Monday, January 8, 2007

The Apostolate of Suffering

1. In God's plan suffering has a special mission. One might even call it a kind of apostolate. Suffering reminds us continually that we have not been made for this world, but are on a journey towards eternity. Here we have no permanent city, but we seek for the city that is to come (Heb. 13:14).

Suffering is a spur which lifts our gaze towards Heaven, our real home, in which we shall find a happiness which will have no end. It would be disastrous if there were no suffering in this world. It is the salt which preserves from corruptioin our poor, fallen nature, tainted by sin. When everything is going well and the passing pleasures of this life hold us fascinated, it is too easy to set our hearts on things below and ot forget God. But when our bodies are racked with pain and our minds are troubled and lonely, then an inward turmoil seems to detach us from this earth and causes us to raise our tear-filled eyes towards Heaven. Purified and almost renovated, our hearts turn towards God, our one, true and supreme good.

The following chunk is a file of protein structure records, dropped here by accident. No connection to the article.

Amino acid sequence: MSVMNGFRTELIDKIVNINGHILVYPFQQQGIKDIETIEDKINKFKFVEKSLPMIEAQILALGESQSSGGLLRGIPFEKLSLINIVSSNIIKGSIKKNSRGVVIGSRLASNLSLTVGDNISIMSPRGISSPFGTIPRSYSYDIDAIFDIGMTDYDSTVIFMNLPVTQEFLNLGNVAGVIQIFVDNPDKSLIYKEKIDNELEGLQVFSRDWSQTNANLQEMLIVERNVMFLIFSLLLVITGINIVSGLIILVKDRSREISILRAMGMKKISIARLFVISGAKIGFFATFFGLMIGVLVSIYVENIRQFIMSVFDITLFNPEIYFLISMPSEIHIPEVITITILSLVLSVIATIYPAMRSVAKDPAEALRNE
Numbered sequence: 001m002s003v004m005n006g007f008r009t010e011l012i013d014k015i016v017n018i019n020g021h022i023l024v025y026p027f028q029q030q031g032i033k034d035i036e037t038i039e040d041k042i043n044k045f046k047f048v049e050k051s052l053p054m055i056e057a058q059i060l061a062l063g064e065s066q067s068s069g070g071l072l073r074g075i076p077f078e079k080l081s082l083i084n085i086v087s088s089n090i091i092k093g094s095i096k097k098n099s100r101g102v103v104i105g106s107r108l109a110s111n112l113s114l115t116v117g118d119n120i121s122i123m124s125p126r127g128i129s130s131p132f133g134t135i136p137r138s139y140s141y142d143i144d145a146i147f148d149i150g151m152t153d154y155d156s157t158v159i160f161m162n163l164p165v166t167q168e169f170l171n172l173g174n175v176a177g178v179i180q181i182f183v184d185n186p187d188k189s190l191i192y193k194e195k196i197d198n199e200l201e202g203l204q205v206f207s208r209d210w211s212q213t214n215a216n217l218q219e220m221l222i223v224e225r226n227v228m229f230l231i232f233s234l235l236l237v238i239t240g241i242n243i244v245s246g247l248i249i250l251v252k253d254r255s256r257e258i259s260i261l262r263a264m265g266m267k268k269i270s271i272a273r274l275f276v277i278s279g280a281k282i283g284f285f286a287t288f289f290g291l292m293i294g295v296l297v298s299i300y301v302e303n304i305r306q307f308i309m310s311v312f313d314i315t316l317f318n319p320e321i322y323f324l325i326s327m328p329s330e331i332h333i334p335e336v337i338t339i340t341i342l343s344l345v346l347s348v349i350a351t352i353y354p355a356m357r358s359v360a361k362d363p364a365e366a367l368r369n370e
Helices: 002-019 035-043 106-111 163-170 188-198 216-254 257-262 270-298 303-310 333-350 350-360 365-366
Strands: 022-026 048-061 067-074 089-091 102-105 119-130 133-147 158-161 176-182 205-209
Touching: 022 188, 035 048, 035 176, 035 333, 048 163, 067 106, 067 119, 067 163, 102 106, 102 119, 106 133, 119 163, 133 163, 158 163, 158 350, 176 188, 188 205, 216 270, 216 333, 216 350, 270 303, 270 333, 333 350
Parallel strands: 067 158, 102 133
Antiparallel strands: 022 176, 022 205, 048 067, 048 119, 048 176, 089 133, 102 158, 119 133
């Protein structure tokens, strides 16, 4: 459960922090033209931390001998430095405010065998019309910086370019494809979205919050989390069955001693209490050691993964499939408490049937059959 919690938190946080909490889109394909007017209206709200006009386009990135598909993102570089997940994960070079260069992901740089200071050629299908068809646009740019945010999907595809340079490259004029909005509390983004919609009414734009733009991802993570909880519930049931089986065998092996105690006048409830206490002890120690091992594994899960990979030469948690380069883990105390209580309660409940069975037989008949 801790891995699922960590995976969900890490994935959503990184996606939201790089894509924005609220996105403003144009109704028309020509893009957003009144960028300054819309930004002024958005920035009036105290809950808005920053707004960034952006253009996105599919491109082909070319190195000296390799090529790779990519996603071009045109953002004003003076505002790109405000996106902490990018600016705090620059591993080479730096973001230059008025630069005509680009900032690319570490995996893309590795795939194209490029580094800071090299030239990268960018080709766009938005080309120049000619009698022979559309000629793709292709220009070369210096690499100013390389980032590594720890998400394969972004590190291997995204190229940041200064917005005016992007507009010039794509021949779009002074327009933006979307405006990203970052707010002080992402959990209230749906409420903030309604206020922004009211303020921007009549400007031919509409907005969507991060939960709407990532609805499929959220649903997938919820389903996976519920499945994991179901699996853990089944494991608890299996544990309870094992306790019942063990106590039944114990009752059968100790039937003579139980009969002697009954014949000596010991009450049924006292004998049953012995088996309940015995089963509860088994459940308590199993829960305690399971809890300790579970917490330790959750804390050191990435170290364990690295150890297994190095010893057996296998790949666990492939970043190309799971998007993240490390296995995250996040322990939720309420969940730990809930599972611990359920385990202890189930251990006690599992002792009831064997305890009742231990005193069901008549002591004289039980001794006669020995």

2. This is why the Saints loved suffering. Not only did they accept it with complete resignation, but they desired and requested it from God. "Either to suffer or to die," was the plea of St. Thérèse of the Child Jesus. St. Mary Magdalene del Pazzi even added: "To suffer and not to die." How well the Saints understood the mission which God has entrusted to suffering! If it is accepted with faith, resignation and love, it can make us loving images of Jesus, Who suffered beneath the weight of the Cross and died upon it, His hands and feet pierced with nails, His Head crowned with thorns, while He prayed for us and for all those who had crucified Him.

3. Suffering has a still further purpose. Besides learning the role of an apostolate in our own lives, it can also be an apostolate for others. We can offer our sufferings and sorrows to God, not only for our own spiritual advancement, but also for the expiation of the sins of the human rae, for our enemies, for the persecutors of the Church, and for all the other suffering members of the Mystical Body of Christ. In this way we can accomplish great good and can acquire great merit before God. As a result of our offering, who knows how many hearts hardened in sin, or how many souls forgetful of Heaven, may be touched by the grace of God? Let us suffer with Jesus. He alone can ease our pain and make it meritorious for ourselves and for others.

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